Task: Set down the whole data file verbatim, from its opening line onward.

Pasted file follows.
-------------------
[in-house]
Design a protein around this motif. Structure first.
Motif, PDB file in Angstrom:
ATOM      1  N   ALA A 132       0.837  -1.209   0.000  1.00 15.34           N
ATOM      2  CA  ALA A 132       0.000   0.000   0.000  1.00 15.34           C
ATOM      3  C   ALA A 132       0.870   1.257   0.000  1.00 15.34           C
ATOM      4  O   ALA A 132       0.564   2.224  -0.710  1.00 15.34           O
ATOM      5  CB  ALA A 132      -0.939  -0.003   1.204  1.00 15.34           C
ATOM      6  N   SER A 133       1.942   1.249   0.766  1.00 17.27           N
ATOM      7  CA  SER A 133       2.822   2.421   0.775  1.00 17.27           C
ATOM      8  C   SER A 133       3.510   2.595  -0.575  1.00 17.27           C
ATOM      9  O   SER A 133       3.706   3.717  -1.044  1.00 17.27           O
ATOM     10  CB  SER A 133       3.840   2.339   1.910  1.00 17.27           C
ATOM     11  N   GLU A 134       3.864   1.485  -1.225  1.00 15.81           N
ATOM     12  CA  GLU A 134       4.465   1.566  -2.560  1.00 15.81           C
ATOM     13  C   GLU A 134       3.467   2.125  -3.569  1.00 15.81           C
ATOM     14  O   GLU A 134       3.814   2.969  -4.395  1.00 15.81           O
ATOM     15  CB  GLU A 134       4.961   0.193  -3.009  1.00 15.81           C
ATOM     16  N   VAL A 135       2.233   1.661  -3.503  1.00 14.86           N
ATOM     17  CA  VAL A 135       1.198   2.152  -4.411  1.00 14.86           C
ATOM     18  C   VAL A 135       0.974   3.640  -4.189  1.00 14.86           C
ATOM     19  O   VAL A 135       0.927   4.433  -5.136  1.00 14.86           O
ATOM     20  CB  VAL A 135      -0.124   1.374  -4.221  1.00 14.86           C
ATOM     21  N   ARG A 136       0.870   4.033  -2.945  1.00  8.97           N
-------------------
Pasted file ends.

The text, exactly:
[in-house]
Design a protein around this motif. Structure first.
Motif, PDB file in Angstrom:
ATOM      1  N   ALA A 132       0.837  -1.209   0.000  1.00 15.34           N
ATOM      2  CA  ALA A 132       0.000   0.000   0.000  1.00 15.34           C
ATOM      3  C   ALA A 132       0.870   1.257   0.000  1.00 15.34           C
ATOM      4  O   ALA A 132       0.564   2.224  -0.710  1.00 15.34           O
ATOM      5  CB  ALA A 132      -0.939  -0.003   1.204  1.00 15.34           C
ATOM      6  N   SER A 133       1.942   1.249   0.766  1.00 17.27           N
ATOM      7  CA  SER A 133       2.822   2.421   0.775  1.00 17.27           C
ATOM      8  C   SER A 133       3.510   2.595  -0.575  1.00 17.27           C
ATOM      9  O   SER A 133       3.706   3.717  -1.044  1.00 17.27           O
ATOM     10  CB  SER A 133       3.840   2.339   1.910  1.00 17.27           C
ATOM     11  N   GLU A 134       3.864   1.485  -1.225  1.00 15.81           N
ATOM     12  CA  GLU A 134       4.465   1.566  -2.560  1.00 15.81           C
ATOM     13  C   GLU A 134       3.467   2.125  -3.569  1.00 15.81           C
ATOM     14  O   GLU A 134       3.814   2.969  -4.395  1.00 15.81           O
ATOM     15  CB  GLU A 134       4.961   0.193  -3.009  1.00 15.81           C
ATOM     16  N   VAL A 135       2.233   1.661  -3.503  1.00 14.86           N
ATOM     17  CA  VAL A 135       1.198   2.152  -4.411  1.00 14.86           C
ATOM     18  C   VAL A 135       0.974   3.640  -4.189  1.00 14.86           C
ATOM     19  O   VAL A 135       0.927   4.433  -5.136  1.00 14.86           O
ATOM     20  CB  VAL A 135      -0.124   1.374  -4.221  1.00 14.86           C
ATOM     21  N   ARG A 136       0.870   4.033  -2.945  1.00  8.97           N